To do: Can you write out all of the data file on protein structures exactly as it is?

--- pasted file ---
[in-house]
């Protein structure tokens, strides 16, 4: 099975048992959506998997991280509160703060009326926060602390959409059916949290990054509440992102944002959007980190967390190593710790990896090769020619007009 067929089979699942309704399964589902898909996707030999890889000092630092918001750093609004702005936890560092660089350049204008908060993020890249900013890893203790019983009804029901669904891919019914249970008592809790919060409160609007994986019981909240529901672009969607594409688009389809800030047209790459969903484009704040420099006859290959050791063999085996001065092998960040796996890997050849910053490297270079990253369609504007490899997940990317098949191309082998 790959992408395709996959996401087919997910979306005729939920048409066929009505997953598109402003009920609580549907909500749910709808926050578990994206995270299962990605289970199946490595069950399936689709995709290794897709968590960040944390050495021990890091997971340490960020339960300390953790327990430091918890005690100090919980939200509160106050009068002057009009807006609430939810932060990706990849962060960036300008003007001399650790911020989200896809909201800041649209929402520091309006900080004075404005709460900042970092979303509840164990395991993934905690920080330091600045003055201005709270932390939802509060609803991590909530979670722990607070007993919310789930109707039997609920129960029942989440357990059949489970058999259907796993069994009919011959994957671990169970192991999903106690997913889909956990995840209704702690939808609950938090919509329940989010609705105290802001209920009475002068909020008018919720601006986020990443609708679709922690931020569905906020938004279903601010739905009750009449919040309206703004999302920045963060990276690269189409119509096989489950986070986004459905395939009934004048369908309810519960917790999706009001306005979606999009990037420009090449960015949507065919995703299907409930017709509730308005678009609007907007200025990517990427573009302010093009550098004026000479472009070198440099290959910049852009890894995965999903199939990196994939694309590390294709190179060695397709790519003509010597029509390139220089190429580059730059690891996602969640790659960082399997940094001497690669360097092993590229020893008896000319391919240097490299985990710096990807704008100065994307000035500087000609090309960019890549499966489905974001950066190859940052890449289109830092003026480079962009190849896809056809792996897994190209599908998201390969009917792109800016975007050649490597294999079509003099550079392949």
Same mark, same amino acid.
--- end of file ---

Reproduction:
[in-house]
């Protein structure tokens, strides 16, 4: 099975048992959506998997991280509160703060009326926060602390959409059916949290990054509440992102944002959007980190967390190593710790990896090769020619007009 067929089979699942309704399964589902898909996707030999890889000092630092918001750093609004702005936890560092660089350049204008908060993020890249900013890893203790019983009804029901669904891919019914249970008592809790919060409160609007994986019981909240529901672009969607594409688009389809800030047209790459969903484009704040420099006859290959050791063999085996001065092998960040796996890997050849910053490297270079990253369609504007490899997940990317098949191309082998 790959992408395709996959996401087919997910979306005729939920048409066929009505997953598109402003009920609580549907909500749910709808926050578990994206995270299962990605289970199946490595069950399936689709995709290794897709968590960040944390050495021990890091997971340490960020339960300390953790327990430091918890005690100090919980939200509160106050009068002057009009807006609430939810932060990706990849962060960036300008003007001399650790911020989200896809909201800041649209929402520091309006900080004075404005709460900042970092979303509840164990395991993934905690920080330091600045003055201005709270932390939802509060609803991590909530979670722990607070007993919310789930109707039997609920129960029942989440357990059949489970058999259907796993069994009919011959994957671990169970192991999903106690997913889909956990995840209704702690939808609950938090919509329940989010609705105290802001209920009475002068909020008018919720601006986020990443609708679709922690931020569905906020938004279903601010739905009750009449919040309206703004999302920045963060990276690269189409119509096989489950986070986004459905395939009934004048369908309810519960917790999706009001306005979606999009990037420009090449960015949507065919995703299907409930017709509730308005678009609007907007200025990517990427573009302010093009550098004026000479472009070198440099290959910049852009890894995965999903199939990196994939694309590390294709190179060695397709790519003509010597029509390139220089190429580059730059690891996602969640790659960082399997940094001497690669360097092993590229020893008896000319391919240097490299985990710096990807704008100065994307000035500087000609090309960019890549499966489905974001950066190859940052890449289109830092003026480079962009190849896809056809792996897994190209599908998201390969009917792109800016975007050649490597294999079509003099550079392949």
Same mark, same amino acid.